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People v. Spoor

Supreme Court of New York, Fourth Department

March 31, 2017

THE PEOPLE OF THE STATE OF NEW YORK, RESPONDENT,
v.
RONALD T. SPOOR, DEFENDANT-APPELLANT.

          CHARLES J. GREENBERG, AMHERST, FOR DEFENDANT-APPELLANT.

          BARRY L. PORSCH, DISTRICT ATTORNEY, WATERLOO, FOR RESPONDENT.

          PRESENT: SMITH, J.P., PERADOTTO, DEJOSEPH, NEMOYER, AND SCUDDER, JJ.

         Appeal from a judgment of the Supreme Court, Seneca County (Daniel J. Doyle, J.), rendered February 6, 2015. The judgment convicted defendant, upon his plea of guilty, of criminal sexual act in the first degree.

         It is hereby ORDERED that the judgment so appealed from is unanimously affirmed.

         Memorandum: On appeal from a judgment convicting him upon his plea of guilty of criminal sexual act in the first degree (Penal Law § 130.50 [3]), defendant contends that Supreme Court erred in refusing to suppress his statement to the police. We reject that contention. The court properly determined that defendant was not in custody when he made his admission to a police investigator. The evidence at the suppression hearing established that defendant voluntarily accompanied the investigator to a police station while seated in the front passenger seat of an unmarked vehicle, was cooperative, and was never restrained in any way, and the police conducted only investigatory rather than accusatory questioning (see People v Murphy, 43 A.D.3d 1276, 1277, lv denied 9 N.Y.3d 1008; People v Williams, 283 A.D.2d 998, 999, lv denied 96 N.Y.2d 926). Defendant then agreed to undergo a polygraph examination, and he voluntarily accompanied the investigator to another police station in the front seat of the vehicle and was offered food along the way (see People v Serrano, 14 A.D.3d 874, 875, lv denied 4 N.Y.3d 803). Another police investigator provided Miranda warnings prior to administering the polygraph examination, which produced an inconclusive result, but defendant subsequently made his admission to the investigator during a further interview after acknowledging that he was voluntarily present and remained willing to speak. Under those circumstances, we conclude that "a reasonable person, innocent of any crime, would not have thought he or she was in custody if placed in defendant's position" (People v Smielecki, 77 A.D.3d 1420, 1421, lv denied 15 N.Y.3d 956; see generally People v Yukl, 25 N.Y.2d 585, 589, cert denied 400 U.S. 851).

         In any event, defendant validly waived his Miranda rights prior to making his admission to the investigator. Contrary to defendant's contention, the Miranda warnings he was provided were not deficient. "In determining whether police officers adequately conveyed the [ Miranda ] warnings, ... [t]he inquiry is simply whether the warnings reasonably conve[y] to [a suspect] his [or her] rights as required by Miranda " (Florida v Powell, 559 U.S. 50, 60 [internal quotation marks omitted]; see People v Dunbar, 24 N.Y.3d 304, 315, cert denied ___ U.S. ___, 135 S.Ct. 2052). Here, we conclude that "the warnings given to defendant reasonably apprised him of his rights" (People v Bakerx, 114 A.D.3d 1244, 1247, lv denied 22 N.Y.3d 1196). Contrary to defendant's further contention, despite his purported literacy deficiencies, the record of the suppression hearing supports the court's determination that defendant knowingly and intelligently waived his Miranda rights before making the admission (see People v Williams, 62 N.Y.2d 285, 288-289; People v Bray, 295 A.D.2d 996, 997, lv denied 98 N.Y.2d 694).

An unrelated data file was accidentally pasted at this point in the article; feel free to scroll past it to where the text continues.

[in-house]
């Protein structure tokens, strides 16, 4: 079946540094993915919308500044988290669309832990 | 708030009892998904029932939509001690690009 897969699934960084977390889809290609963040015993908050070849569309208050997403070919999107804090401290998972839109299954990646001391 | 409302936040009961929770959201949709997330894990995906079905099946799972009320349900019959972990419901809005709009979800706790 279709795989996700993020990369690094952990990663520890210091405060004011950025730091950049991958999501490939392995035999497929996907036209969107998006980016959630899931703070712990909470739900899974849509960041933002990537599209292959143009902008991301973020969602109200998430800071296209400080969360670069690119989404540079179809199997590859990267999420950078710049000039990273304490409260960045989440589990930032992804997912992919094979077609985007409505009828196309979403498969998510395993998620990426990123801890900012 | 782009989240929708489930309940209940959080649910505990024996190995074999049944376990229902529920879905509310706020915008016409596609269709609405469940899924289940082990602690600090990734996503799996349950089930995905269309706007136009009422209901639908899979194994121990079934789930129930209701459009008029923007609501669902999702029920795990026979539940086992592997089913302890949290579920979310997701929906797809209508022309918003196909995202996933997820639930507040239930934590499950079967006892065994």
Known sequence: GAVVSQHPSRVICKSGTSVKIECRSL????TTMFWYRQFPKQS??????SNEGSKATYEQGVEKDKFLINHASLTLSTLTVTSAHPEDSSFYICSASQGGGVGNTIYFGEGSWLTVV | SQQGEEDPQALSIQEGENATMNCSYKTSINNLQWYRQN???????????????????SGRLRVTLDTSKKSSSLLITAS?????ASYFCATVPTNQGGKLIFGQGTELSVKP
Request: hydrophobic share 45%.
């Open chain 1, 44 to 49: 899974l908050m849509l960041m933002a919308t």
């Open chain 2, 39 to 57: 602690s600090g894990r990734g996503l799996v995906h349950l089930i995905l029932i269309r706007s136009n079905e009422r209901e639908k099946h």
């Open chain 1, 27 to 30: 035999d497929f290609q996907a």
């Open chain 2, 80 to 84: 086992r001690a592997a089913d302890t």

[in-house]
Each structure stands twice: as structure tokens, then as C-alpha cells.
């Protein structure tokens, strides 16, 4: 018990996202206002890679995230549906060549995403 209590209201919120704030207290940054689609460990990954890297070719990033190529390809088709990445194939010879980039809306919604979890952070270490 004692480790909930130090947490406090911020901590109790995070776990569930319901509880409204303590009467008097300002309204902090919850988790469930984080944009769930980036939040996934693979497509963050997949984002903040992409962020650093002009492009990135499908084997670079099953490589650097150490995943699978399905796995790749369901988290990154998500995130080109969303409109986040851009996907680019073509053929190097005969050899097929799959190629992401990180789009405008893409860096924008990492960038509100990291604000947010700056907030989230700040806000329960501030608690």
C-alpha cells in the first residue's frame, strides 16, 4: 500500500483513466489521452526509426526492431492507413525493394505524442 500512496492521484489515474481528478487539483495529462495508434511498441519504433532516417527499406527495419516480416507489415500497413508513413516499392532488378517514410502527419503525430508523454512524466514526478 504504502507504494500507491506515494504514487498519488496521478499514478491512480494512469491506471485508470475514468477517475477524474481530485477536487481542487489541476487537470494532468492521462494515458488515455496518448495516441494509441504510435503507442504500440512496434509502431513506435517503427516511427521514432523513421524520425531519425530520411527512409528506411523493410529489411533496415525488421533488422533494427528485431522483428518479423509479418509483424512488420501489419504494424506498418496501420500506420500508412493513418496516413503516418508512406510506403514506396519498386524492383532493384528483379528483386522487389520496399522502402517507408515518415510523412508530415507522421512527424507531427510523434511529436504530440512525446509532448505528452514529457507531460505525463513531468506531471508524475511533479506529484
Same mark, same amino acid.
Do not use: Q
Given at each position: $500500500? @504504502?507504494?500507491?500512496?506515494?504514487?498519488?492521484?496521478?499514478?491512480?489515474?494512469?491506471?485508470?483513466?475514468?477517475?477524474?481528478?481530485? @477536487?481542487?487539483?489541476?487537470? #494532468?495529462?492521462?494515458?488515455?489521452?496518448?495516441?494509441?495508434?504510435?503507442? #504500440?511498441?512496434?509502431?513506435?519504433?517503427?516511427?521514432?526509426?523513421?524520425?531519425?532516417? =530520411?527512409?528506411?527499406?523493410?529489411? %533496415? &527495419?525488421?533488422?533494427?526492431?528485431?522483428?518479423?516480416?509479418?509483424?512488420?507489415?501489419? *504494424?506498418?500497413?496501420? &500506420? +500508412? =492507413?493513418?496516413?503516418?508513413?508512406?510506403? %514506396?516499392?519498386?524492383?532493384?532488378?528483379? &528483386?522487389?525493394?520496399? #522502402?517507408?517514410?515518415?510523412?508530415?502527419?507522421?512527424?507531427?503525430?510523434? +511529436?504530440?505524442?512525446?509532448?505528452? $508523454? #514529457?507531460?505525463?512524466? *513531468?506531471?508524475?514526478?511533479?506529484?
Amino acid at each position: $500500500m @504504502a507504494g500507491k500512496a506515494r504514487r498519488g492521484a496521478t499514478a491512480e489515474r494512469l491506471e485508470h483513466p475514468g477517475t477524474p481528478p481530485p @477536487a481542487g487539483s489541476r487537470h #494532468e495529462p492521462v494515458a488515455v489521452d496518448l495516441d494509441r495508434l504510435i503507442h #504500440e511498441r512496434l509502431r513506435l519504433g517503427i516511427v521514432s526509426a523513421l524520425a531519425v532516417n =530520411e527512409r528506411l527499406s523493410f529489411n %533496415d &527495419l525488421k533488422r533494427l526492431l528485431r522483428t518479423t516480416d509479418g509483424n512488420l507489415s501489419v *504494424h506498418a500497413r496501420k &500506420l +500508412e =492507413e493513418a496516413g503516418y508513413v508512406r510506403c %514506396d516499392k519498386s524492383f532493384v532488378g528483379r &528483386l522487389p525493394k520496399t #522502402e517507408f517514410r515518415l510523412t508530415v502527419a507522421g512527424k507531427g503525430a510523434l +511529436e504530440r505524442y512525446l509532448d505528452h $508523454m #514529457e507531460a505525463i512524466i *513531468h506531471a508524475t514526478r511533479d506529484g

Contrary to defendant's further contention, under the circumstances of this case, the fact that he was transported to a second police station and spent several hours with the police, and that the police conducted a polygraph examination, did not render his admission involuntary (see Serrano, 14 A.D.3d at 875; see also People v Ellis, 73 A.D.3d 1433, 1434, lv denied 15 N.Y.3d 851; see generally People v Tarsia, 50 N.Y.2d 1, 11).

         Defendant's contention that he was denied effective assistance of counsel survives his guilty plea "only insofar as he demonstrates that the plea bargaining process was infected by [the] allegedly ineffective assistance or that defendant entered the plea because of [his] attorney['s] allegedly poor performance' " (People v Rausch, 126 A.D.3d 1535, 1535, lv denied 26 N.Y.3d 1149');">26 N.Y.3d 1149 [internal quotation marks omitted]). Here, to the extent that defendant contends that he entered the plea because of his attorney's allegedly poor performance, i.e., defense counsel's failure to investigate the crimes properly and to obtain material from defendant's federal prosecution for potentially impeaching a police witness, that contention is not properly before us because it involves matters outside the record on appeal and thus must be raised by way of a motion pursuant to CPL article 440 (see People v Bradford, 126 A.D.3d 1374, 1375, lv denied 26 N.Y.3d 926; Rausch, 126 A.D.3d at 1535-1536).

         Defendant failed to preserve for our review his further contention that his guilty plea was not knowingly and voluntarily entered inasmuch as he did not move to withdraw the plea or to vacate the judgment of conviction (see People v Alexander, 132 A.D.3d 1412, 1413, lv denied27 N.Y.3d 1148). Moreover, "[t]his case does not fall within the rare exception to the preservation requirement set forth in People v Lopez (71 N.Y.2d 662, 666), inasmuch as nothing in the plea colloquy casts significant doubt on defendant's guilt or the voluntariness of the plea" ...


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